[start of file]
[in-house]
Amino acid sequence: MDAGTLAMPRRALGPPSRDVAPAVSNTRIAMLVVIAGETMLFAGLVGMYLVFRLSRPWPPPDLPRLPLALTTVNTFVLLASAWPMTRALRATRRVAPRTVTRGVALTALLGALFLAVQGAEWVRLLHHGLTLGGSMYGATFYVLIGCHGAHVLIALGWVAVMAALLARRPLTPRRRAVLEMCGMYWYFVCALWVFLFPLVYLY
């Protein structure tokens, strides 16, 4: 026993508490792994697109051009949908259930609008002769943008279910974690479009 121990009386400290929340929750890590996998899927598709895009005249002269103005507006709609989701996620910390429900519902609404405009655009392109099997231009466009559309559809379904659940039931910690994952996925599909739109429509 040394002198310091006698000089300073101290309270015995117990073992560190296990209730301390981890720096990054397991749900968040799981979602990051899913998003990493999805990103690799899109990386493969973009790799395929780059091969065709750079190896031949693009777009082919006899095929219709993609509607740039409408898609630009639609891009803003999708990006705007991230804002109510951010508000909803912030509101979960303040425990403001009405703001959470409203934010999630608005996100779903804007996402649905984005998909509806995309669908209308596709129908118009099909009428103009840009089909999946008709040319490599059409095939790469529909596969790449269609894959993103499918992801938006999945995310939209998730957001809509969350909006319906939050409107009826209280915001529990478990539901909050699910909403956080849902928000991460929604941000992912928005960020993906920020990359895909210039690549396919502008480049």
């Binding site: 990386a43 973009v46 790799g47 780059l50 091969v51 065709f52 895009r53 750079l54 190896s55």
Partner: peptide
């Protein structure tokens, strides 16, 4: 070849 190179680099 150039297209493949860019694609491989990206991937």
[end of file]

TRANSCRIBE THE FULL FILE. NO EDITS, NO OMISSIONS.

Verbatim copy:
[in-house]
Amino acid sequence: MDAGTLAMPRRALGPPSRDVAPAVSNTRIAMLVVIAGETMLFAGLVGMYLVFRLSRPWPPPDLPRLPLALTTVNTFVLLASAWPMTRALRATRRVAPRTVTRGVALTALLGALFLAVQGAEWVRLLHHGLTLGGSMYGATFYVLIGCHGAHVLIALGWVAVMAALLARRPLTPRRRAVLEMCGMYWYFVCALWVFLFPLVYLY
């Protein structure tokens, strides 16, 4: 026993508490792994697109051009949908259930609008002769943008279910974690479009 121990009386400290929340929750890590996998899927598709895009005249002269103005507006709609989701996620910390429900519902609404405009655009392109099997231009466009559309559809379904659940039931910690994952996925599909739109429509 040394002198310091006698000089300073101290309270015995117990073992560190296990209730301390981890720096990054397991749900968040799981979602990051899913998003990493999805990103690799899109990386493969973009790799395929780059091969065709750079190896031949693009777009082919006899095929219709993609509607740039409408898609630009639609891009803003999708990006705007991230804002109510951010508000909803912030509101979960303040425990403001009405703001959470409203934010999630608005996100779903804007996402649905984005998909509806995309669908209308596709129908118009099909009428103009840009089909999946008709040319490599059409095939790469529909596969790449269609894959993103499918992801938006999945995310939209998730957001809509969350909006319906939050409107009826209280915001529990478990539901909050699910909403956080849902928000991460929604941000992912928005960020993906920020990359895909210039690549396919502008480049």
């Binding site: 990386a43 973009v46 790799g47 780059l50 091969v51 065709f52 895009r53 750079l54 190896s55």
Partner: peptide
């Protein structure tokens, strides 16, 4: 070849 190179680099 150039297209493949860019694609491989990206991937």